Uropod with endopod and exopod broadly rounded; exopod broader and slightly longer than endopod, both fringed with plumose setae; protopod with distolateral and distomedial lobes each produced into strong triangular tooth; exopod with sharp distolateral tooth and stout distolateral spiniform seta; diaeresis sinuous, with broadly rounded tooth laterally, near base of distolateral spiniform seta; endopod with row of small spiniform setae of variable length on distal margin, interrupted by cluster of few long setae ( Fig. 1G, H View FIGURE 1 ).

Colour pattern. Body and appendages generally appearing as olive-green; carapace, pleon, telson and uropods with olive-green to brown-greenish background, speckled with pale greenish-yellow chromatophores, many interconnecting and forming nets of greenish-yellow spots and chains; antennular peduncles dark brown-green, stylocerite with pale green spots; antennal scaphocerite greenish, with some larger pale green blotches; antennular and antennal flagella pale olive-green; major chela almost uniformly olive-green on mesial surface, except for small cluster of paler blotches between linea impressa and dorsal notch, one large pale green area on proximal half of palm, and contrasting pinkish fingertips; minor cheliped uniformly olive green on mesial surface, with paler palm; second to fifth pereiopods pale olive-green to olive-yellow ( Figs. 5 View FIGURE 5 , 6 View FIGURE 6 ).

Etymology. The new species’ name refers to Viserion, one of Daenerys Targaryen’s three dragons of the popular TV series “Game of Thrones”. The dragon-related name was originally inspired from the Spanish name of the collection site, Boca del Drago (= dragon’s mouth). Used as a noun in apposition.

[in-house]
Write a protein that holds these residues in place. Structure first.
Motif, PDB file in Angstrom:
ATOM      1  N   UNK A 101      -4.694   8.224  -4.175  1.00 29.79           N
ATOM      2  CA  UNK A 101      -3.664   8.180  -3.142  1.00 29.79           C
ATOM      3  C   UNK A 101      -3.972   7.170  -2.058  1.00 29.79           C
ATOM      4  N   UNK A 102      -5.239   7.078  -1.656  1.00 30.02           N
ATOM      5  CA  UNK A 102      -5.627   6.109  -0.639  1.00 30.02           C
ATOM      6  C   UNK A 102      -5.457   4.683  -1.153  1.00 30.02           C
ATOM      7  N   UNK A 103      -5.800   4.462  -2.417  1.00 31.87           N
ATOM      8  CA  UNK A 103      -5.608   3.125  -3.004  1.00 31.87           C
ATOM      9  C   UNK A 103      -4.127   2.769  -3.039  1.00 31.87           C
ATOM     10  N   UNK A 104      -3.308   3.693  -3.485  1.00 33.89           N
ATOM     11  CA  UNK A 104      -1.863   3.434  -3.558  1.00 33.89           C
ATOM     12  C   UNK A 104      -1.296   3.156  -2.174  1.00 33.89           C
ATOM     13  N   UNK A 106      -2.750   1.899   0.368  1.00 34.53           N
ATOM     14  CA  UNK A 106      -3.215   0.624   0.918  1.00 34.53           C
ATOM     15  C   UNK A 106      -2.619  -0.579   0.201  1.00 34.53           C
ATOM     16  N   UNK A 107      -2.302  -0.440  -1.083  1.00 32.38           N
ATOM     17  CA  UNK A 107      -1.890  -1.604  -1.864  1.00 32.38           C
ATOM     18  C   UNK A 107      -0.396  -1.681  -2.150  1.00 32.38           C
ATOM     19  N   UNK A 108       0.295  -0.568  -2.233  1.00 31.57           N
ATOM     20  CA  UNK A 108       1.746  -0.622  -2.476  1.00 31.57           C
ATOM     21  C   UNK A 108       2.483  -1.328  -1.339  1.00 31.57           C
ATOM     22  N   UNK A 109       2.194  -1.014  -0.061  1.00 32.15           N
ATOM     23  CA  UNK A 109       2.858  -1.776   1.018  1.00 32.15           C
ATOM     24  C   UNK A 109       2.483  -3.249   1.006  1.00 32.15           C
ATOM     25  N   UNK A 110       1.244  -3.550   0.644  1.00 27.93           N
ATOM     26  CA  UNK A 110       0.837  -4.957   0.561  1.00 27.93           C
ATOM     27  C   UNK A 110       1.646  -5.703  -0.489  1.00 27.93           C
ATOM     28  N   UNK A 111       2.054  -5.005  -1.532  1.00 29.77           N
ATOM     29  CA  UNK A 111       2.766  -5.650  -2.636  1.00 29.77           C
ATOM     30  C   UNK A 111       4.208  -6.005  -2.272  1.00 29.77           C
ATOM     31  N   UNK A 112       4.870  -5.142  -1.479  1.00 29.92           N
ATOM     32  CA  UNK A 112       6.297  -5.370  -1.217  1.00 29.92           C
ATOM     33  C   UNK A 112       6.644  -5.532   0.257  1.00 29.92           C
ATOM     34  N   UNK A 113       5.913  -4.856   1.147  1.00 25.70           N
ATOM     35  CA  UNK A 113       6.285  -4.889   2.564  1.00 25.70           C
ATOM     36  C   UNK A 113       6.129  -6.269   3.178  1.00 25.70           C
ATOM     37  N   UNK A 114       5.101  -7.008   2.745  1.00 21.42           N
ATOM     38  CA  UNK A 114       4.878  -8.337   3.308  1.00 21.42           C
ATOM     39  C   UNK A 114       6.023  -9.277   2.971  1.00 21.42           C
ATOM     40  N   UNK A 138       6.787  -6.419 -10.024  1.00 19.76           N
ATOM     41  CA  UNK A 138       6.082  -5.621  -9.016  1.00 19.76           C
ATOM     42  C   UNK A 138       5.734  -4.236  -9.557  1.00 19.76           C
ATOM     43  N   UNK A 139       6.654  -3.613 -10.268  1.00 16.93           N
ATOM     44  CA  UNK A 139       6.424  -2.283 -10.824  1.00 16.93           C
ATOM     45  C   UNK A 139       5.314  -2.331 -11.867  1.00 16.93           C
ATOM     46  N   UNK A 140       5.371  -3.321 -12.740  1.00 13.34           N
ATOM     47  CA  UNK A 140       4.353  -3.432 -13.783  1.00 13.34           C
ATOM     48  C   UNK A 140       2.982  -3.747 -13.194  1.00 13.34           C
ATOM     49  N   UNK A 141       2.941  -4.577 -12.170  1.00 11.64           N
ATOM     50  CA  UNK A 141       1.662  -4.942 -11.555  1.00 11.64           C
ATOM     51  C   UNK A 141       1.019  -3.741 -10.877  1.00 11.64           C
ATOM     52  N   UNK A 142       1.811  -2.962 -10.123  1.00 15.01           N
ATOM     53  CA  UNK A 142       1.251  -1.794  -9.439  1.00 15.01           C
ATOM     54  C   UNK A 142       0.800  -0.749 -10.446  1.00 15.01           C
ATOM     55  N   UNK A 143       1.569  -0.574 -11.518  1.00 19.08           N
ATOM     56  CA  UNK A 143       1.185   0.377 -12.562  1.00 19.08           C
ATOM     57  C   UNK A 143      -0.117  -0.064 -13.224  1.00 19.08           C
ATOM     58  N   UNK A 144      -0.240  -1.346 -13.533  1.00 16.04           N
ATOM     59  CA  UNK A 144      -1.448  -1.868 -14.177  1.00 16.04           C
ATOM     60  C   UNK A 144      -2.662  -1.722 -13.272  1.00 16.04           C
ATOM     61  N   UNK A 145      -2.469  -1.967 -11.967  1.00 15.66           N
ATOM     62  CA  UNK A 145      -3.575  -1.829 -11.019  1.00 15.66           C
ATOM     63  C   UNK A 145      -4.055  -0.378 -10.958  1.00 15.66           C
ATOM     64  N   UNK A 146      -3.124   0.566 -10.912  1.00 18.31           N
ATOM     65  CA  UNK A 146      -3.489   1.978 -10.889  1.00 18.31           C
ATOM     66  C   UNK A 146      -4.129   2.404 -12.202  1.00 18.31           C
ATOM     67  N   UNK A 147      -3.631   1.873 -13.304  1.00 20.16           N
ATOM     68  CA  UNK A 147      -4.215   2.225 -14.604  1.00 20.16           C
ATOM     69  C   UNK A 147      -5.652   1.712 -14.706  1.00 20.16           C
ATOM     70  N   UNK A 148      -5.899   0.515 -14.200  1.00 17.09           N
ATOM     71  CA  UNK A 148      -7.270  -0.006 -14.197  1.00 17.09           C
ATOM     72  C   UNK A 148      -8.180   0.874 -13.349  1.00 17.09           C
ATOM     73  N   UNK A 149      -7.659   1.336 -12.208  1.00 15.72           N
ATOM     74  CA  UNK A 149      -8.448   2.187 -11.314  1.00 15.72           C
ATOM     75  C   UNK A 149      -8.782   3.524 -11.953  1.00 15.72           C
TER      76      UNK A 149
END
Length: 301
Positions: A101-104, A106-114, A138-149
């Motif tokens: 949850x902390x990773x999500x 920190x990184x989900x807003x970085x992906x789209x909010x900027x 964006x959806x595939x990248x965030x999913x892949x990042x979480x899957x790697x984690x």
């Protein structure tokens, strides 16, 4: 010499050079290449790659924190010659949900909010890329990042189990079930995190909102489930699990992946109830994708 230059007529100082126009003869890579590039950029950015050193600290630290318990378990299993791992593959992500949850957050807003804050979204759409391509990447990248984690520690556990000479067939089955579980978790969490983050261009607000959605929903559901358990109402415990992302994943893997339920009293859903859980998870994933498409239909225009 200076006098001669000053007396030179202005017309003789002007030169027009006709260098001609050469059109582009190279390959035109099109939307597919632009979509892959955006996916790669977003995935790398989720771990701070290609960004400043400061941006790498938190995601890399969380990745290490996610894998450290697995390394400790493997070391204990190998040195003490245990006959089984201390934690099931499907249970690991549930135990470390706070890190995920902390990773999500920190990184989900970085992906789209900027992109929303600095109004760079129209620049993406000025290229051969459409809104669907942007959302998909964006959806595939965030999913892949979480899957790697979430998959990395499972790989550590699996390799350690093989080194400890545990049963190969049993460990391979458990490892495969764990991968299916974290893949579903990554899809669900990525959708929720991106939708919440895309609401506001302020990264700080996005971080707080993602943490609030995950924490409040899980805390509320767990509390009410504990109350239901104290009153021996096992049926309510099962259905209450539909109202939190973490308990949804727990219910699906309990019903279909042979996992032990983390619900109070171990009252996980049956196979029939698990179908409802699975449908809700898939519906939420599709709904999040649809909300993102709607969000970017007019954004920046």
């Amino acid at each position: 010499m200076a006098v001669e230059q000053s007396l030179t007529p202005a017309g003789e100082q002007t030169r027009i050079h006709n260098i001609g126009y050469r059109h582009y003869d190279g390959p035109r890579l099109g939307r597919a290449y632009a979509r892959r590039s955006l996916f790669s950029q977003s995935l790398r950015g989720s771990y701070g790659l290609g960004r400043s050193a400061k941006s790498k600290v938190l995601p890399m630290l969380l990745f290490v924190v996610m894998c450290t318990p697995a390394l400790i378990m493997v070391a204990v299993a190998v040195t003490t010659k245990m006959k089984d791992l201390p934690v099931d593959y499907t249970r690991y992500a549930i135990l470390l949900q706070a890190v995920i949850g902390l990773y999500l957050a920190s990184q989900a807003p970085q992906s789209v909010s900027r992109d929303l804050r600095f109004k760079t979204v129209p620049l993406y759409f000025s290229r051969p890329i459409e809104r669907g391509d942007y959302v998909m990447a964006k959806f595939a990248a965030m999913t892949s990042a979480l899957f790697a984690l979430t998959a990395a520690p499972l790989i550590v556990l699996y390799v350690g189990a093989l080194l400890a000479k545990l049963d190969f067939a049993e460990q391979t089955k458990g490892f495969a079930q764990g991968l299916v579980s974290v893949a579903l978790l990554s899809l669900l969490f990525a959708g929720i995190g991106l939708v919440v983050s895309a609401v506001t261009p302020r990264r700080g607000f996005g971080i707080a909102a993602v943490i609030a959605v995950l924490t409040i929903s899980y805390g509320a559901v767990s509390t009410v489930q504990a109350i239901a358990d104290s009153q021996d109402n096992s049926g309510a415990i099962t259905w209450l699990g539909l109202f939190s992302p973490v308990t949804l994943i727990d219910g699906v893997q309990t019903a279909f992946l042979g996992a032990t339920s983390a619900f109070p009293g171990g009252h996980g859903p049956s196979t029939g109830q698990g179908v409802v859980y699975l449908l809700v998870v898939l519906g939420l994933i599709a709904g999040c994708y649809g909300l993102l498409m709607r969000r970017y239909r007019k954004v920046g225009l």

Distribution. West Atlantic: presently known only from the type locality on the Caribbean coast of Panama.

Ecology. All three specimens were collected under large rocks on fine white sand approximately 1–2 m away from a dense meadow of turtlegrass ( Thalassia testudinum Koenig   ), at a depth of about 2– 3 m.

Remarks. Alpheus viserion   sp. n. is morphologically closest to several species of the transisthmian, taxonomically challenging A. armillatus H. Milne-Edwards, 1837   species complex (see below), which was studied with three molecular markers by Mathews & Anker (2009). The western Atlantic members of the A. armillatus   complex were subsequently revised by Anker (2012). The eastern Pacific species of the A. armillatus   complex, among them two taxonomically problematic species and at least two undescribed ones ( Mathews & Anker 2009), will be revised in the near future (A. Anker, in prep.).

All members of the A. armillatus   species complex are characterised by the rostral carina conspicuously flattened between the orbital hoods, forming a more or less well-defined, V-shaped or U-shaped post-rostral plate, rising above the usually deep adrostral furrows; the major chela of a basic edwardsii - type (see above); the merus of the cheliped armed with a strong distomesial tooth; the minor chela non-balaeniceps in both sexes; the ambulatory pereiopods with simple, conical dactyli; and the third and fourth pereiopods with distomesially unarmed meri (modified from Anker 2012). Additionally, in several species, the pleon is armed with sternal processes, usually on the first two sternites, sometimes on the first four sternites ( Kim & Abele 1988; McClure 2002; Anker 2012). The morphological features of A. viserion   sp. n. are generally consistent with the characteristics of the A. armillatus   complex, although the post-rostral plate of the new species is less obvious and not abruptly delimited from the adjacent adrostral furrows as in most species of the A. armillatus   complex ( Fig. 1A View FIGURE 1 ).

Among the western Atlantic members of the A. armillatus   complex, only two species are characterised by the feebly demarcated, roughly V-shaped post-rostral plate, viz. A. carlae Anker, 2012   and A. angulosus McClure, 2002   ( McClure 1995, 2002; Anker 2012), both of them also occurring in Bocas del Toro (Anker 2012). All other western Atlantic species of the A. armillatus   complex have abruptly delimited, V- or U-shaped post-rostral plates and present additionally a series of other morphological differences and/or have different colour patterns (Anker 2012).